New Delhi: Drummers Dharam Pal and Deepak Bhatt are the new face of advertising for Pantaloon Retail (India) Ltd.
Their job is to get the floating crowd in east Delhi’s middle-class neighbourhood to step into the just-opened discount store run by the country’s largest listed retailer. At Rs450 for four hours of attention grabbing, the pair are a steal. From keeping advertising rudimentary, getting consumers to pay for plastic bags, and to running some outlets air-conditioning free, discount stores such as KB’s Fair Price are stripping out the costs from organized retailing in India as they prepare to make inroads into the neighbourhood-store format. “It’s a frugal store,” claims Damodar Mall, Pantaloon’s head of new ventures. “The whole concept of frugality connects well with the consumers.”
Value-conscious Indian consumers have, for decades, shopped at neighbourhood stores, often on credit and barely noticing the sweltering temperatures in mostly cramped and fully-crammed stores squeezed into a few hundred sq. ft. It’s a no-frills version they have been comfortable with, and while big retailers, new to the game, have mostly focused on glamourous, self-service, full display shelves, they are now starting to expand into the discount model, which essentially is a full store without the costs.
Frugal store: Customers at a Pantaloon-owned KB’s Fair Price outlet in Pandav Nagar, east Delhi. (Photo: Sanjay Sharma/ Mint)
Pantaloon’s founder Kishore Biyani is of the opinion that KB’s Fair Price fits into his idea to reach out to the consumers hesitant to shop in shimmering malls they perceive as expensive propositions. Saurabh Chadha, head of KB’s Fair Price, claims prices at his stores are cheaper ranging between 8% and 25% compared with any other modern retailer. “We have customers coming in Mercedes and on cycles,” he says. “At the end of the day everyone likes to save.”
Indeed, a recent study by research group Nielsen Co. found an overwhelming 91% of Indian consumers surveyed voting for “Good Value for Money’ as the prominent factor behind selecting a grocery store. Chennai-based Subhiksha Trading Services Ltd has grown to be one of India’s biggest retailers by selling cheaper grocery products at stripped-down outlets.
Chadha says KB’s has a precise math on how to keep its reputation of a frugal store. Factory-packed paper carton boxes are cut on top and placed on iron racks; a sizable number of bulbs are energy-saving compact-fluorescent ones, a lone telephone line will be connected to a swiping machine if somebody wants to pay through a card, and the store will charge Re1 for consumers who want a plastic carry bag. A poster in the store with a smiling mascot, Savitaji, sums up the culture at KB’s Fair Price: ‘These guys are big misers; they won’t even give out a (plastic) bag.’
“Now, most of the consumers bring their bags,” says Dinesh Paul, business manager of the format. Paul says his sales staff initially faced “mental blocks” on asking consumers to pay for a polythene carry bag—a departure for any retailer, big or small, who are generous with carry-bags. There are other ways to keep costs minimum—unlike most of the small shopkeepers KB’s don’t home deliver, and thus they make do with fewer staff.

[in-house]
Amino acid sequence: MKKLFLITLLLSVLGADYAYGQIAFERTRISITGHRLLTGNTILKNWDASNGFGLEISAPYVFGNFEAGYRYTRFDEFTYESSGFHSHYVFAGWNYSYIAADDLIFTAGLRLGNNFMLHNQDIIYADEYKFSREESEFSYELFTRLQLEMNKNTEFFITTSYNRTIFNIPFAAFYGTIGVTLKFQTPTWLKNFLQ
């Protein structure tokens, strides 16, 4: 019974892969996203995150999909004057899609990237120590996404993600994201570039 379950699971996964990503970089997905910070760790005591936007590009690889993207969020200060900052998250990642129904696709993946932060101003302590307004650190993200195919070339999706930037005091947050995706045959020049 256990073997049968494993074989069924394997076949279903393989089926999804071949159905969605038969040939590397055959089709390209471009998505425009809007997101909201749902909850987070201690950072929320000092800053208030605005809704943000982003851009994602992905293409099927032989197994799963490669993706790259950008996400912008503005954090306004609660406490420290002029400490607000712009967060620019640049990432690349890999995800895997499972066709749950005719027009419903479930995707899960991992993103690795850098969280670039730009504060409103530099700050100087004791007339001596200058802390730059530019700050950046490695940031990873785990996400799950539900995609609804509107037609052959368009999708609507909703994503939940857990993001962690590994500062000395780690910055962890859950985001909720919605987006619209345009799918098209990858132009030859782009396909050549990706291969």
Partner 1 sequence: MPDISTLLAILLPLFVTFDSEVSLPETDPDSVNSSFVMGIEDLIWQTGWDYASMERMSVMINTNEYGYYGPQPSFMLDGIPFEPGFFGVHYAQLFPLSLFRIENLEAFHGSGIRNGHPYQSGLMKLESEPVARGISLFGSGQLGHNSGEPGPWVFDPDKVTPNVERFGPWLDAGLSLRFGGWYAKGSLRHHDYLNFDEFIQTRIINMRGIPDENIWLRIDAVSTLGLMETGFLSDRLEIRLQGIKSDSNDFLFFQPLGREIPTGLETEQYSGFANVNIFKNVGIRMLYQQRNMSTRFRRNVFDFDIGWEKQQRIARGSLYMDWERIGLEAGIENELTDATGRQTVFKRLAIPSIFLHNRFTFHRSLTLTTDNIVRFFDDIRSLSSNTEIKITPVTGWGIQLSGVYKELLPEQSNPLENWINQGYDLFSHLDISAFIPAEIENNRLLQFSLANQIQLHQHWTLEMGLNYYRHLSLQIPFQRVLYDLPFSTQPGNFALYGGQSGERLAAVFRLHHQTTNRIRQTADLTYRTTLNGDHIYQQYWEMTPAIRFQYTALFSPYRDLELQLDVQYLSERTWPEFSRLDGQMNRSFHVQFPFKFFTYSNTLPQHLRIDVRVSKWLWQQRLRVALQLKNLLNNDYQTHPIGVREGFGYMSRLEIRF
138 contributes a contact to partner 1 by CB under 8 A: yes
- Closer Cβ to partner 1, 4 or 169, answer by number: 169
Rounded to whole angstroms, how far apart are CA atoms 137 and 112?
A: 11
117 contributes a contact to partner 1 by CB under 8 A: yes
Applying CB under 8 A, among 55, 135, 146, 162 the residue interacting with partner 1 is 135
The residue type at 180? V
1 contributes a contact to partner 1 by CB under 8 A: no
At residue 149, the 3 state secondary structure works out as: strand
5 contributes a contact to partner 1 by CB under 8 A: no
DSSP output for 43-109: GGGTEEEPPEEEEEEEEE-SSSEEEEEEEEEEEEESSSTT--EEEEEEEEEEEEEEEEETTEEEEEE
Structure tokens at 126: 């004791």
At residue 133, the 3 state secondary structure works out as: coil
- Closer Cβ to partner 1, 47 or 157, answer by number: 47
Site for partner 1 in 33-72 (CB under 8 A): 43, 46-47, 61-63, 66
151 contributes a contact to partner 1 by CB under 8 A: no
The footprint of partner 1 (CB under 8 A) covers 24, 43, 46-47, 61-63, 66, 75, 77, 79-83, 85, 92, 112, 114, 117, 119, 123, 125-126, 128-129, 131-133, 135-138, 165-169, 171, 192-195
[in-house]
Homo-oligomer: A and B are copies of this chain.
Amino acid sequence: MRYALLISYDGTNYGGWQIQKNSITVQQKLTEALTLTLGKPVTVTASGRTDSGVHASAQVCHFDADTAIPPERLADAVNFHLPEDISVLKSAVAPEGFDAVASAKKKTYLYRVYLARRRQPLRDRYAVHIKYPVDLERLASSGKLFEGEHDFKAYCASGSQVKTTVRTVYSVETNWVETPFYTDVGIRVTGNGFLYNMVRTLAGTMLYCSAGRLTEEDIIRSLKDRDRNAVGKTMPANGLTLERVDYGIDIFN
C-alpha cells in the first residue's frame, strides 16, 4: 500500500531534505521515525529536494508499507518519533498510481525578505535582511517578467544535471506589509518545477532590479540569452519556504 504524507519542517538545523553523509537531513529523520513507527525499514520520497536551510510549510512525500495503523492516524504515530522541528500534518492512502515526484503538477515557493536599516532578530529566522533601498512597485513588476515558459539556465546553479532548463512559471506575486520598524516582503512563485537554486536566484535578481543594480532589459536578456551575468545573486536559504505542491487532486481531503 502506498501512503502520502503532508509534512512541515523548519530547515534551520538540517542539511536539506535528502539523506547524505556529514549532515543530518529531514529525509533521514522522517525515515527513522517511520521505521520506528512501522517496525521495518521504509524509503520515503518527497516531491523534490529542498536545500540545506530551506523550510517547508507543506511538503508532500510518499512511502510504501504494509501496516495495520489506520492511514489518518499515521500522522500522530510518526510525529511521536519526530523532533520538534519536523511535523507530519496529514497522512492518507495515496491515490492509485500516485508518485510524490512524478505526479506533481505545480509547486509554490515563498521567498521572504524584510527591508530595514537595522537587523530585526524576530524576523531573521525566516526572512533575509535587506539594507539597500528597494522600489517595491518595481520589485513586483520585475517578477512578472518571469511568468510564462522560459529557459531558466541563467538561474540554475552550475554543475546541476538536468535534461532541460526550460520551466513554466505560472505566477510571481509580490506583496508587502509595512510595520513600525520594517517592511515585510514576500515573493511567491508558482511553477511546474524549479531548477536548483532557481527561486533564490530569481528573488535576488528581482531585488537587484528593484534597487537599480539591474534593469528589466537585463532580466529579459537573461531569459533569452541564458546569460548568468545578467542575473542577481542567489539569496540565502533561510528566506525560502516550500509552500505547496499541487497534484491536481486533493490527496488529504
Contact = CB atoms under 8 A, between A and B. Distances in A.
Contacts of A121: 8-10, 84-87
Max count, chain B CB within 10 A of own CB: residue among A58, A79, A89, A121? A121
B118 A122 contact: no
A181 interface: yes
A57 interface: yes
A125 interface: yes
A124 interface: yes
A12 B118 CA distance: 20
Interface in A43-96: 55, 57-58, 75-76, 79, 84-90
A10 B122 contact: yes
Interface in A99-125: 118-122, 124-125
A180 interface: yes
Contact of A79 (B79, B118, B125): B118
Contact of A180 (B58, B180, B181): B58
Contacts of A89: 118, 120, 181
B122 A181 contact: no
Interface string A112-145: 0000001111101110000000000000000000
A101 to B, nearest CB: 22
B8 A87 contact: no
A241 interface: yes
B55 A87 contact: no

No wonder, it costs between Rs300-400 per sq. ft for setting up a KB’s store as against Rs2,000 of Pantaloon’s slightly high-end supermarket chain Food Bazaar, according to Mall.
Based on that, a KB’s store spread more than 2,000 sq. ft would cost around Rs600,000-800,000 compared with Rs4 million of the same size at Food Bazaar, although the Food Bazaar stores come in much larger sizes.
Company officials say the low capital expenditure and maintenance cost helps the unit to sell on wafer-thin margins and pass on the benefits to consumers. “Its just an upgraded kirana (mom-and-pop) store,” says Paul. For many of India’s consumers “it’s a transition between a kirana and malls.”
Pantaloon opened a dozen of KB’s stores in northern New Delhi in August as part of a pilot project and so far opened in the city’s western and eastern parts as well. The company plans to roll out about 250 such outlets in the next two years in the New Delhi region and overall 1,500 such stores in other cities in during the same period.
Every store will have limited ‘stock keeping units’ or fewer varieties of goods, in this case around 300 products that are the “basic essentials” for daily needs. For example, the firm will stock about eight brands of toothpaste against 70 brands available in the market or only a dozen biscuit brands instead of about 150 a supermarket would stock, says Chadha. He adds the firm would stock a limited number of some of the most popular brands that it has identified through market research.
School librarian Jaya Dev and his wife Durga Mani were surveying the store on the opening day in the Pandav Nagar neighbourhood in Delhi. The couple has in recent years switched their entire grocery purchases from the traditional neighbourhood store to modern retailers including Reliance Retail Ltd-owned Reliance Fresh and Subhiksha.
Mani doesn’t seem impressed after randomly surveying the prices of lentils, detergent powder and other grocery items. “Rates are same as Reliance (Fresh) and Subhiksha,” she says.
By around 5:30pm as Pal wraps up for the day he has added another count to his tally: Pandav Nagar was the 15th KB’s where Pal was hired for beating drums to get the likes of Mani in. While that may have worked for now, it’s clear discount retailers will have to find still more ways to keep costs down and keep Mani interested.